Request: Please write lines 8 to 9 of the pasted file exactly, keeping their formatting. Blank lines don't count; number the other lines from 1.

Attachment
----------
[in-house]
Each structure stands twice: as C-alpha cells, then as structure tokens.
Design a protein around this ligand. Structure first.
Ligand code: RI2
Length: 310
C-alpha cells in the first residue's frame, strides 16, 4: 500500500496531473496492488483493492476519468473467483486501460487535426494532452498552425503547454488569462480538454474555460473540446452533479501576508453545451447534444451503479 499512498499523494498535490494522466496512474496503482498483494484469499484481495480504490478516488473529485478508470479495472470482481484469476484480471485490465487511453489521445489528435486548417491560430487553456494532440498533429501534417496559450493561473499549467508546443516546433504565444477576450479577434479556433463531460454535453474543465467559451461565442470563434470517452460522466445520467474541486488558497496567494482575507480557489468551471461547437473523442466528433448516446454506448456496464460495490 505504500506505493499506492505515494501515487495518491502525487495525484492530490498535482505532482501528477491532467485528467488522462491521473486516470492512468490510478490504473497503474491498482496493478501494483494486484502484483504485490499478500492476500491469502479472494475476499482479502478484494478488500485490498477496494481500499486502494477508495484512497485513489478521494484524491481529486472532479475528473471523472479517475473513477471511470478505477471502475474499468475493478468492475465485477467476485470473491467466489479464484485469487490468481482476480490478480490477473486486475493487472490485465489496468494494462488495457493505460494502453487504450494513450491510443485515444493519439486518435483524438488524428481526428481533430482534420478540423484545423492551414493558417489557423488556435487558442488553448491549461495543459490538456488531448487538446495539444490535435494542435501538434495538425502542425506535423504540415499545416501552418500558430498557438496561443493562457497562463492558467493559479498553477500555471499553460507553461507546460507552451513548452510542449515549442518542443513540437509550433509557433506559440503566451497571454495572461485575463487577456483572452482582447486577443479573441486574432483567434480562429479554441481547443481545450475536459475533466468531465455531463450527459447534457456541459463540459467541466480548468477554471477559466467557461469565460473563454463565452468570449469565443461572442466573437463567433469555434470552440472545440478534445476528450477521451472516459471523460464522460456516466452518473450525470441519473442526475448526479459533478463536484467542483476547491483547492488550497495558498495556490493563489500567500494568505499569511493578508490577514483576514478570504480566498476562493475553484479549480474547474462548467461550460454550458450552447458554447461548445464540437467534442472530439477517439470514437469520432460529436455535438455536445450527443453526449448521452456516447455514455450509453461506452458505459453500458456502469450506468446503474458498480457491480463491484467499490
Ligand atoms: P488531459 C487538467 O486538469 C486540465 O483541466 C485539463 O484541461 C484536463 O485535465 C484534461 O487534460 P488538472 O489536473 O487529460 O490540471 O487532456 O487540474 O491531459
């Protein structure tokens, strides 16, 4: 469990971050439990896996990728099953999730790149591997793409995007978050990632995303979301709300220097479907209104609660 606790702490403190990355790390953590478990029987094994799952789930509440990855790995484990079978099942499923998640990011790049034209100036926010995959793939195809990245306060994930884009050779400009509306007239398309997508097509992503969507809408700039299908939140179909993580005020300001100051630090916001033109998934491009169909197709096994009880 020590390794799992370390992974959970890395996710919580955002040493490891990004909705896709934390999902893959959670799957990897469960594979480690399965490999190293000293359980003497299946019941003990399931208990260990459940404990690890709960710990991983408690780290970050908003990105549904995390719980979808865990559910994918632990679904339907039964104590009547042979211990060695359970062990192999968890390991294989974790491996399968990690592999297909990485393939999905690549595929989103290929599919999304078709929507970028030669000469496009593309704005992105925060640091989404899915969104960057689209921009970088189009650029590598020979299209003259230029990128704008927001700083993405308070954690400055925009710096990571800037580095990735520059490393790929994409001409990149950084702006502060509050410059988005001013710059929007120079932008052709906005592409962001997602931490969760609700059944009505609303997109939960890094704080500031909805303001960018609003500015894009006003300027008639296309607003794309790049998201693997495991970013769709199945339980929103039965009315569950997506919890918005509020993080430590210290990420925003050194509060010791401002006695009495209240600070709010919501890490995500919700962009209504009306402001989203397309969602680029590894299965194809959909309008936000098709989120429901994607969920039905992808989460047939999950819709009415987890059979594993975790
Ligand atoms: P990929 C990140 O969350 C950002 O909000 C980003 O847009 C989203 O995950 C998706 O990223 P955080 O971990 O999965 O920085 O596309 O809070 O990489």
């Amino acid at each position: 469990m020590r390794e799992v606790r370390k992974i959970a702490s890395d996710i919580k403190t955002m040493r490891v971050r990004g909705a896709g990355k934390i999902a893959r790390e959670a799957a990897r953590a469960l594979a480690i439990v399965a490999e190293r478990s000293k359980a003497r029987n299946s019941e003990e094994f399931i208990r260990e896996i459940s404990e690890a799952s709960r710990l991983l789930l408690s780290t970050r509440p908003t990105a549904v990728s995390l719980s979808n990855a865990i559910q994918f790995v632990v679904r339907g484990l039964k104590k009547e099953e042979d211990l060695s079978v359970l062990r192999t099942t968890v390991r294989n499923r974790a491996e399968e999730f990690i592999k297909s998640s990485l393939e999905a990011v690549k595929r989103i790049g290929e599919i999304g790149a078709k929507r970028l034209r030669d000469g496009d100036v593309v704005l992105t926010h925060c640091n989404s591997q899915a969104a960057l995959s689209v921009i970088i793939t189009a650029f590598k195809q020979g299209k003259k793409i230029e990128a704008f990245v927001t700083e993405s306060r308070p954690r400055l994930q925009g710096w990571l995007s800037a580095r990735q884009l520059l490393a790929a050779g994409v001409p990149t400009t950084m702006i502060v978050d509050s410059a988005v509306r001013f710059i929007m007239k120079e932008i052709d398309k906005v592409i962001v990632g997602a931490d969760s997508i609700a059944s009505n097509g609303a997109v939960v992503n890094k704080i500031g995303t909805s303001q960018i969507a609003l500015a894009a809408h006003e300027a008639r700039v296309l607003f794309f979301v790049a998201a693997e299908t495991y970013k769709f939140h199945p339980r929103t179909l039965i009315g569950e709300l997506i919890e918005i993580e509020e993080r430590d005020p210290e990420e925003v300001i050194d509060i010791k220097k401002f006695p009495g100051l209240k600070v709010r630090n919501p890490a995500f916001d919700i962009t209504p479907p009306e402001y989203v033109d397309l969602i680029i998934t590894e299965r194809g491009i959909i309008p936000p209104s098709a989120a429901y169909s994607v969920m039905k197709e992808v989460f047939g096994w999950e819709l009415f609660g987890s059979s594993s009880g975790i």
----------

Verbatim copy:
């Protein structure tokens, strides 16, 4: 469990971050439990896996990728099953999730790149591997793409995007978050990632995303979301709300220097479907209104609660 606790702490403190990355790390953590478990029987094994799952789930509440990855790995484990079978099942499923998640990011790049034209100036926010995959793939195809990245306060994930884009050779400009509306007239398309997508097509992503969507809408700039299908939140179909993580005020300001100051630090916001033109998934491009169909197709096994009880 020590390794799992370390992974959970890395996710919580955002040493490891990004909705896709934390999902893959959670799957990897469960594979480690399965490999190293000293359980003497299946019941003990399931208990260990459940404990690890709960710990991983408690780290970050908003990105549904995390719980979808865990559910994918632990679904339907039964104590009547042979211990060695359970062990192999968890390991294989974790491996399968990690592999297909990485393939999905690549595929989103290929599919999304078709929507970028030669000469496009593309704005992105925060640091989404899915969104960057689209921009970088189009650029590598020979299209003259230029990128704008927001700083993405308070954690400055925009710096990571800037580095990735520059490393790929994409001409990149950084702006502060509050410059988005001013710059929007120079932008052709906005592409962001997602931490969760609700059944009505609303997109939960890094704080500031909805303001960018609003500015894009006003300027008639296309607003794309790049998201693997495991970013769709199945339980929103039965009315569950997506919890918005509020993080430590210290990420925003050194509060010791401002006695009495209240600070709010919501890490995500919700962009209504009306402001989203397309969602680029590894299965194809959909309008936000098709989120429901994607969920039905992808989460047939999950819709009415987890059979594993975790
Ligand atoms: P990929 C990140 O969350 C950002 O909000 C980003 O847009 C989203 O995950 C998706 O990223 P955080 O971990 O999965 O920085 O596309 O809070 O990489």